At Manilla, NSW, the anomaly of daily maximum temperature has continued to track, in the opposite sense, that of monthly rainfall.
The values shown are anomalies from normal values, smoothed to suppress cycles shorter than 12 months. (See notes below on Normals and Smoothing.)
The pattern is of quasi-biennial cycles that express the insight of Dorothea Mackellar that this is a land “of droughts and flooding rains“*. Hot dry times alternate with cool wet times. For temperature, I have chosen the mean daily maximum, as it best matches the rainfall.
This post updates others in the Menu Category “Manilla NSW/21st century climate/Anomalies smoothed”, such as “17 years of ‘Droughts and Flooding Rains’ at Manilla” (29/06/2014).
“Droughts” (hot dry times)
Winter-spring 2002. The drought of 2002 was extreme, having rainfall in the lowest 1% in history. Lowest rainfall anomaly was in the winter and highest temperature anomaly in the spring.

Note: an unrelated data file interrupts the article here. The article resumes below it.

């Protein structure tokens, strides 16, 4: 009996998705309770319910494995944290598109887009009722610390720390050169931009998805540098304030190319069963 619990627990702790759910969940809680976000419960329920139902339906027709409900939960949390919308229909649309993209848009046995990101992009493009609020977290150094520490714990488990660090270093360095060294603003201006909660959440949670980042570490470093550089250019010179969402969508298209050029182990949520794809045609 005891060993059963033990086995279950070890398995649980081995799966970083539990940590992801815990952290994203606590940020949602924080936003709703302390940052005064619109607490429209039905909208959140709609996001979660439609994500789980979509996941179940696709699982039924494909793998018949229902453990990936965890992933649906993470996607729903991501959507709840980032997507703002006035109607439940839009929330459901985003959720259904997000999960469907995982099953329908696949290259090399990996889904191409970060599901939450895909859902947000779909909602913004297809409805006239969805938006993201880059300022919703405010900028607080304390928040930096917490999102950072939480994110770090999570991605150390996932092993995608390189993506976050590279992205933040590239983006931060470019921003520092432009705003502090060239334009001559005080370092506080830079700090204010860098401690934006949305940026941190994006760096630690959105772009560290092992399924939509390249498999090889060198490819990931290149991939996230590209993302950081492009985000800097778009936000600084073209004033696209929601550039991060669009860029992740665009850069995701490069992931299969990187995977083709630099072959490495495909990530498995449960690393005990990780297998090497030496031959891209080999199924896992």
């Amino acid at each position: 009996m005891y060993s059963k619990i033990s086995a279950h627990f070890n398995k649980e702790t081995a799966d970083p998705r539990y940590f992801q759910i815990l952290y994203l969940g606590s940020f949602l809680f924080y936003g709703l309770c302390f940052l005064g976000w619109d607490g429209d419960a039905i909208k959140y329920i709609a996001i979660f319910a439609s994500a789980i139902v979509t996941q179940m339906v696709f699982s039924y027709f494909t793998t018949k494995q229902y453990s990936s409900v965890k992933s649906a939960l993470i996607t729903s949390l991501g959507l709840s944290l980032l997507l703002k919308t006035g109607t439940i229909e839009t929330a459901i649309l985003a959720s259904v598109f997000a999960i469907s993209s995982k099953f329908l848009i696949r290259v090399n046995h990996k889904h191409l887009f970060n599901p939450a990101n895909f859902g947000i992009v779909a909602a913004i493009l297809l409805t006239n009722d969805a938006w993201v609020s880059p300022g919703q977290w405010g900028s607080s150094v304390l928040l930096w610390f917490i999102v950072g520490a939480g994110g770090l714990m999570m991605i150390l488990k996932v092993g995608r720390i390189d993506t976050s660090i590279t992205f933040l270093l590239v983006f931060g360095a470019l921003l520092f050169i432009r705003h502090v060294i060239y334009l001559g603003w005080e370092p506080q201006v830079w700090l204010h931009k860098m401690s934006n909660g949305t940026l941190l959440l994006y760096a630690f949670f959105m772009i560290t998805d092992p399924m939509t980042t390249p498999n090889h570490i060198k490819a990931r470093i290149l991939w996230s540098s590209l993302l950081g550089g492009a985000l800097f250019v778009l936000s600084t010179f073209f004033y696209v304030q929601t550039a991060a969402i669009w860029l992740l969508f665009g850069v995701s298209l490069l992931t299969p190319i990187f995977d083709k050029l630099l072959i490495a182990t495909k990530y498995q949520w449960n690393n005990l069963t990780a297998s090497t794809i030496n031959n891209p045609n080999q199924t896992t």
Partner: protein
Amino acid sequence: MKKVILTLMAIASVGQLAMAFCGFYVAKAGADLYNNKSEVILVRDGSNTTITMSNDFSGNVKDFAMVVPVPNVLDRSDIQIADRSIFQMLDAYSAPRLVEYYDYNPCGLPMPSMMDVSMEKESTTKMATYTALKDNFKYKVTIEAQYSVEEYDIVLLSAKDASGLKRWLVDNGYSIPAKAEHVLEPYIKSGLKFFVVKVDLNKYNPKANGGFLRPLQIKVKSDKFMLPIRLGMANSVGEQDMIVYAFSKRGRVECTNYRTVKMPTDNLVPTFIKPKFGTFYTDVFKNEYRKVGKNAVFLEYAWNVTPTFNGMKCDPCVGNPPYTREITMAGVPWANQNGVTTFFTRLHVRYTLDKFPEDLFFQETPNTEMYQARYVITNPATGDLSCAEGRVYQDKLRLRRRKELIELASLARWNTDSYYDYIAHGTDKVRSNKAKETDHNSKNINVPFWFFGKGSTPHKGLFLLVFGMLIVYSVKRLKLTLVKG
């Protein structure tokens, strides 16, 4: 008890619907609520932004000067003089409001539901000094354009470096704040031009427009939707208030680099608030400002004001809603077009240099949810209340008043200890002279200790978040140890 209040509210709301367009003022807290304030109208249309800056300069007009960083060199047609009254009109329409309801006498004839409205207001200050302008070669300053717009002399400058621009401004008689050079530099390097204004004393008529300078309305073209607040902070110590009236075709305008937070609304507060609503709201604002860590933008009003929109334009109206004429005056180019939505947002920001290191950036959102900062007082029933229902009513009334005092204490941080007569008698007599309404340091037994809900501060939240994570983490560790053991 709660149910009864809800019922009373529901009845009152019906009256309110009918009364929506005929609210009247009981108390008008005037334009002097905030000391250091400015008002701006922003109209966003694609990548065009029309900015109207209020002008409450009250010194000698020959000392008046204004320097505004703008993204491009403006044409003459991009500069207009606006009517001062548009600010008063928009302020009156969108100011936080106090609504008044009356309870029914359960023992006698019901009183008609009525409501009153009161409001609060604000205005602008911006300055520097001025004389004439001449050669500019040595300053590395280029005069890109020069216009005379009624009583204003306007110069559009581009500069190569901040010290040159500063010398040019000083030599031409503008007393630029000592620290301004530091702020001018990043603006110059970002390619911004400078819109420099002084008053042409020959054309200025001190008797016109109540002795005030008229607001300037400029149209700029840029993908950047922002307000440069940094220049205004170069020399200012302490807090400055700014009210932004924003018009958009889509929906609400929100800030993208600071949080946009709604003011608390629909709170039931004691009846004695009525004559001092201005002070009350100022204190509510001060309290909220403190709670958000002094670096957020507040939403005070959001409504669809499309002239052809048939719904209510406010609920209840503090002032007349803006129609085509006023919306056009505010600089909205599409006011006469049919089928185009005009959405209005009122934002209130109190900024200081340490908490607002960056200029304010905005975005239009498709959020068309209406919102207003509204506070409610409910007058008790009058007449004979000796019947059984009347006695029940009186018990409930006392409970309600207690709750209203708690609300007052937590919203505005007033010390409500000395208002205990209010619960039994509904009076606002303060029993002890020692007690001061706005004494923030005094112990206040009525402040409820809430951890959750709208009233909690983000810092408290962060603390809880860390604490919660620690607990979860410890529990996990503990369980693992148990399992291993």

Spring 2009. The temperature anomaly in spring 2009 was as high as in 2002, but the rainfall (as smoothed) barely qualified as “drought”.
Spring-summer 2013. The maximum temperature anomaly in spring 2013 was again like that in 2002 and 2009. This time, the rainfall minimum came later, in the summer. The drought was severe but not extreme.
Autumn-winter 2018. The temperature anomaly peak was higher than the earlier peaks. The minimum rainfall anomaly that followed in the winter was again extreme.
Summer 2018-19. At this time, the temperature anomaly was the highest, and the rainfall anomaly the lowest on this graph.
“Flooding Rains” (cool wet times)
Spring 2005. The spring of 2005 was wet, but the temperature was not cool but rather warm.
Summer 2007-8. Although the summer of 2007-8 was cool, rainfall was normal. Continue reading